Taking a Stand on Stolen Land

July 31, 2019

On Saturday, powerful voices echoed in McAllen, TX – site of the concentration camps for families and children that have sprung up (or expanded) since the Trump administration launched its draconian migrant detention programs last summer.

Taking a Stand on Our Stolen Land was organized by the Carrizo/Comecrudo Tribe of Texas and Native Voice Network on traditional Esto’k Gna territory. It is the first Native-led migrant justice rally on the border. The rally connects the dots between Native genocide, current atrocities, and the powerful sovereign voice of Native people today.

“As the original caretakers of these lands and territories, we have inherent authority over migration and demand an end to these barbaric acts,” the Tribe said in announcing the event. “We demand the administration immediately dismantle detention facilities and family separations and stop border wall construction.”

“We, the Carrizo/Comecrudo Tribe of Texas, are the First Peoples of this land,” they say. “We predate this country and are coming together to take a stand against the U.S. government’s response to the migration of our relatives from the south.”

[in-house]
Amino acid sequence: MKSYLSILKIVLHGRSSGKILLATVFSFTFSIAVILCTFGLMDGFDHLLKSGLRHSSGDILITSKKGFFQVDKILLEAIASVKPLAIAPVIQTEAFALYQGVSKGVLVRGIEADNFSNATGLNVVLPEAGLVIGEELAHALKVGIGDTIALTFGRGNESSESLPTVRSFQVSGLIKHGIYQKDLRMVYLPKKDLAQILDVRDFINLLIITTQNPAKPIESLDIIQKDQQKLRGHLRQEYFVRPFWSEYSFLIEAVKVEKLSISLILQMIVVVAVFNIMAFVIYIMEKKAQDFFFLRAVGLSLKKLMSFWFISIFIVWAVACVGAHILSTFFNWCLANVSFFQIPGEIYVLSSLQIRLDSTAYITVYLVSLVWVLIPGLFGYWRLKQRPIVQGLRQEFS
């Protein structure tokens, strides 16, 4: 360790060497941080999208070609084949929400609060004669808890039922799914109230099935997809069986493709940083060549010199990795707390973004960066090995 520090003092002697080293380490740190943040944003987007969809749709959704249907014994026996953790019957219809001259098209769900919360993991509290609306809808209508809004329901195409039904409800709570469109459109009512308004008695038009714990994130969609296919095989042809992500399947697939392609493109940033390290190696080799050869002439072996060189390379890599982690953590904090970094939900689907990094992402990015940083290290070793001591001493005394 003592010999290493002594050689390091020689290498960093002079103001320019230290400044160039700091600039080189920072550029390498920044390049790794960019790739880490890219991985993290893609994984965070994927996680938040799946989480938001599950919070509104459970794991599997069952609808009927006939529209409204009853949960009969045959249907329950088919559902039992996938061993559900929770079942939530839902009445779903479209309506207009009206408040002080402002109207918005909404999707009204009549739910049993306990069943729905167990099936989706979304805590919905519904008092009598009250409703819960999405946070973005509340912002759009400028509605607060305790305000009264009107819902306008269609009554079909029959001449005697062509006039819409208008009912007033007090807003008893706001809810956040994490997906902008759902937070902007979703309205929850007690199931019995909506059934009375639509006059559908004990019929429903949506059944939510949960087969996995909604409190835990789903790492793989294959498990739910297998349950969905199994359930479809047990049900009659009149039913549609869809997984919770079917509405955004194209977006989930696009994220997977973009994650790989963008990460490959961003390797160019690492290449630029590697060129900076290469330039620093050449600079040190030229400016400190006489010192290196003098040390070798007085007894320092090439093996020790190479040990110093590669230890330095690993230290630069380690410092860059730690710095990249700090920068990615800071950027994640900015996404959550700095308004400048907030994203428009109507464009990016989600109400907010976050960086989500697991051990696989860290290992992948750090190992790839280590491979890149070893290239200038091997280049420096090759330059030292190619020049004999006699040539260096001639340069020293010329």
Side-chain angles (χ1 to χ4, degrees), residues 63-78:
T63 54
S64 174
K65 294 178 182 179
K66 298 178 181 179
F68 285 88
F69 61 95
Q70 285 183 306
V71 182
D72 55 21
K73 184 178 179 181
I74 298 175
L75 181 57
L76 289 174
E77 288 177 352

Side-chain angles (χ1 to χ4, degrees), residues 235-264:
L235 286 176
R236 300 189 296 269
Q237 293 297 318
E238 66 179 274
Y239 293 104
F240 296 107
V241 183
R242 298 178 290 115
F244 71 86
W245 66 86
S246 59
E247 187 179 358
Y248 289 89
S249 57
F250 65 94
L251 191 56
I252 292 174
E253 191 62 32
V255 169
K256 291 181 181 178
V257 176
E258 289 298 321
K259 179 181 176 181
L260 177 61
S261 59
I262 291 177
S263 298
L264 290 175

As Guillermo Torres wrote yesterday: “This is all part of a larger movement: All across the nation, people of all stripes and creeds are protesting America’s latest concentration camps. Catholic priests and Jewish rabbis, peace activists and parents who have never even carried a sign are turning out and even getting arrested in protest of the Trump administration’s family separations, the cruelty of ICE, the foul treatment of children in their care and the ongoing, forcible separation of brown families seeking safety.”

The voices of Native communities and leaders ring with power and truth. They are the key antidote to the “anti-immigrant” politics of white, far-right, settler-descended America, who would erase the fundamental reality of this nation’s history. When Native voices are strong, our movements are strong. We are honored to share these stories in solidarity and with respect.

Belinda Griswold